If you've got more stitches or rows than the instructions say you should have, your knitting is a little too tight, and if you've got less your knitting is too loose. Adjust your tension by holding the yarn a little more tightly/loosely as you knit.

💡 We know knitting a tension swatch can seem like a bit of a drain, but it's really important because the difference of a few millimetres in your tension can lead to a finished piece this is quite different in size to what you intended. 

🧶 Let's knit up a storm!

Time to get click-clacking and whip up your cosy cardigan.

Remember learning a new skill can be a little challenging at first, and you’re bound to find yourself making some mistakes along the way. But as with learning anything, your brain and your hands slowly start to get the hang of it, muscle memory is created, and soon the thing you found tricky/daunting/scary is like second nature! 💪


We start by knitting the full width of the cardigan, so the stitches you cast on will eventually make up the front right panel, the middle panel and the front left panel.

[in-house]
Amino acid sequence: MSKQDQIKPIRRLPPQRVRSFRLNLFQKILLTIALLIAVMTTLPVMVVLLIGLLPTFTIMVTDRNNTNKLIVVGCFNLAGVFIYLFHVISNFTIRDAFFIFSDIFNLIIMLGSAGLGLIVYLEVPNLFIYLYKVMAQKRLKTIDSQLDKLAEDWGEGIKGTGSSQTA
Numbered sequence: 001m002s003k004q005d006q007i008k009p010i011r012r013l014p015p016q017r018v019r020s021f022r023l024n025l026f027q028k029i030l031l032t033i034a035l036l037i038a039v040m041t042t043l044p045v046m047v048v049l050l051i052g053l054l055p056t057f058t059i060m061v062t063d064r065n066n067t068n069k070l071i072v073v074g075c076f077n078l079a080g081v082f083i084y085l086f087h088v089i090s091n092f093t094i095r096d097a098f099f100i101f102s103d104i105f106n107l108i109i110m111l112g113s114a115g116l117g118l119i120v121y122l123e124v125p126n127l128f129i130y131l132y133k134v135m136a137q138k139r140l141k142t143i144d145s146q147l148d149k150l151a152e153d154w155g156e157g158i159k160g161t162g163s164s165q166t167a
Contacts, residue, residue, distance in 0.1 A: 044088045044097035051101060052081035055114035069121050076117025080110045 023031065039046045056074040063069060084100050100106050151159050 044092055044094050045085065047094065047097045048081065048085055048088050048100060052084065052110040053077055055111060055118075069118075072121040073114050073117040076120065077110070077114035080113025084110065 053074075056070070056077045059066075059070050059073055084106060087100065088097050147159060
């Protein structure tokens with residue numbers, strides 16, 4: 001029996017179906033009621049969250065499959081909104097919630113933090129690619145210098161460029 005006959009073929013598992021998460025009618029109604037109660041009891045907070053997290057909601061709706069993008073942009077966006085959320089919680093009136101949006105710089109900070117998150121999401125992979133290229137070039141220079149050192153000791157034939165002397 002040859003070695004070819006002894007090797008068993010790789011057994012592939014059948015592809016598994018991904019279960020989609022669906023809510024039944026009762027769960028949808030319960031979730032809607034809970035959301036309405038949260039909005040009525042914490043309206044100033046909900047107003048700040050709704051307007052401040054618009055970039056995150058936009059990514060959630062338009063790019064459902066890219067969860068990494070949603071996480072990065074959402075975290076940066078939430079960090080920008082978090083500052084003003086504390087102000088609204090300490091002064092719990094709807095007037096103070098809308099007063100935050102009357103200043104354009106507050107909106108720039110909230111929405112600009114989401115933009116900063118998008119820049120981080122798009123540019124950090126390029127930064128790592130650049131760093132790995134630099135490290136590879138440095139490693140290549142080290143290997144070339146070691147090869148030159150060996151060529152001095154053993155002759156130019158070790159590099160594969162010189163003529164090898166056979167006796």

Step 1:

Cast on the required number of stitches using your 12mm needles. You're knitting double stranded so you'll be working with 2 strands of the mohair yarn instead of just one. The technique for every stitch type remains exactly the same as if you were knitting single strand. 

💭 Your needles are connected by a tub and it's totally fine that your stitches run down onto the tubing. Just ensure you knit your stitches back and forth from your left to your right needle, and not in the round.